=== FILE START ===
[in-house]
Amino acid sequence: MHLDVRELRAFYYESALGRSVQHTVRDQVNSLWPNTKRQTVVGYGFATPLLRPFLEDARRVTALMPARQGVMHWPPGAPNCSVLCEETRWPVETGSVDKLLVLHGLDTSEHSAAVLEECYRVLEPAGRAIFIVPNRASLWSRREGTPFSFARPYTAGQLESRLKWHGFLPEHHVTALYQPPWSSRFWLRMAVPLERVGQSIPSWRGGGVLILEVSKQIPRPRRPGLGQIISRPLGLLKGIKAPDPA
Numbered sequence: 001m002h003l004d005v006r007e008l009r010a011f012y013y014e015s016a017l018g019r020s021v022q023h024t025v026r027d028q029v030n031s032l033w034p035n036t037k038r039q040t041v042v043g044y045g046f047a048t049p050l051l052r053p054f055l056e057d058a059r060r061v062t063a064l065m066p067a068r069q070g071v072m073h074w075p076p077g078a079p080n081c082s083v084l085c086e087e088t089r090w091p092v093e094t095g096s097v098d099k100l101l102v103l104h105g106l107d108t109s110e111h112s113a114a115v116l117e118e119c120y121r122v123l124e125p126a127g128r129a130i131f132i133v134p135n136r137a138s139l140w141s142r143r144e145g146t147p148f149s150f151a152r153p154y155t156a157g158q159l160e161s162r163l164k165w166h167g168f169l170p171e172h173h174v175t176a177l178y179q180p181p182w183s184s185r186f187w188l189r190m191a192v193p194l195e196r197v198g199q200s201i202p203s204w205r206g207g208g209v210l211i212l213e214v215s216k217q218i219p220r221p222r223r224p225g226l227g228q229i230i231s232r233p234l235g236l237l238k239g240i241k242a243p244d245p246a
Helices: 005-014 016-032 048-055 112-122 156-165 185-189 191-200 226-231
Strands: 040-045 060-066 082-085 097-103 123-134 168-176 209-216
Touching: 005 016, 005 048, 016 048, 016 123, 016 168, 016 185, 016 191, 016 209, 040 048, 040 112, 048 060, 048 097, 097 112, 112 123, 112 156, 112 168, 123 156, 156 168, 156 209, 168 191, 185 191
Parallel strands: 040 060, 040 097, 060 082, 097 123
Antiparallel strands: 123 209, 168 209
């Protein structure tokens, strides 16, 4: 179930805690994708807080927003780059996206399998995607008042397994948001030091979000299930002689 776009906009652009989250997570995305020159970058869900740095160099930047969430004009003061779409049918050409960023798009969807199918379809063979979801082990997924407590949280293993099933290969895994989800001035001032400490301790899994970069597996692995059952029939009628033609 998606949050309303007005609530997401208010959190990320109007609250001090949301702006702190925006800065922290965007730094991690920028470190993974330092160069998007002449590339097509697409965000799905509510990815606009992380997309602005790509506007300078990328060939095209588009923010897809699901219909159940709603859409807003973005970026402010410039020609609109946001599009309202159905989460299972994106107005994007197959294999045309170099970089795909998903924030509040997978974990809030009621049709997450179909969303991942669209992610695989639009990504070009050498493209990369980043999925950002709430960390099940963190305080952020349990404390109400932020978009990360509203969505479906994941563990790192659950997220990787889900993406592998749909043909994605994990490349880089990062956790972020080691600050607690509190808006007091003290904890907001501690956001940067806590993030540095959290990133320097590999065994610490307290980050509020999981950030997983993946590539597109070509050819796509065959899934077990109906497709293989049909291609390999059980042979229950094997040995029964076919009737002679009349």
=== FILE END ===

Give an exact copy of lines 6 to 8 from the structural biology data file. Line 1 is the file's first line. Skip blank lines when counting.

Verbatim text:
Touching: 005 016, 005 048, 016 048, 016 123, 016 168, 016 185, 016 191, 016 209, 040 048, 040 112, 048 060, 048 097, 097 112, 112 123, 112 156, 112 168, 123 156, 156 168, 156 209, 168 191, 185 191
Parallel strands: 040 060, 040 097, 060 082, 097 123
Antiparallel strands: 123 209, 168 209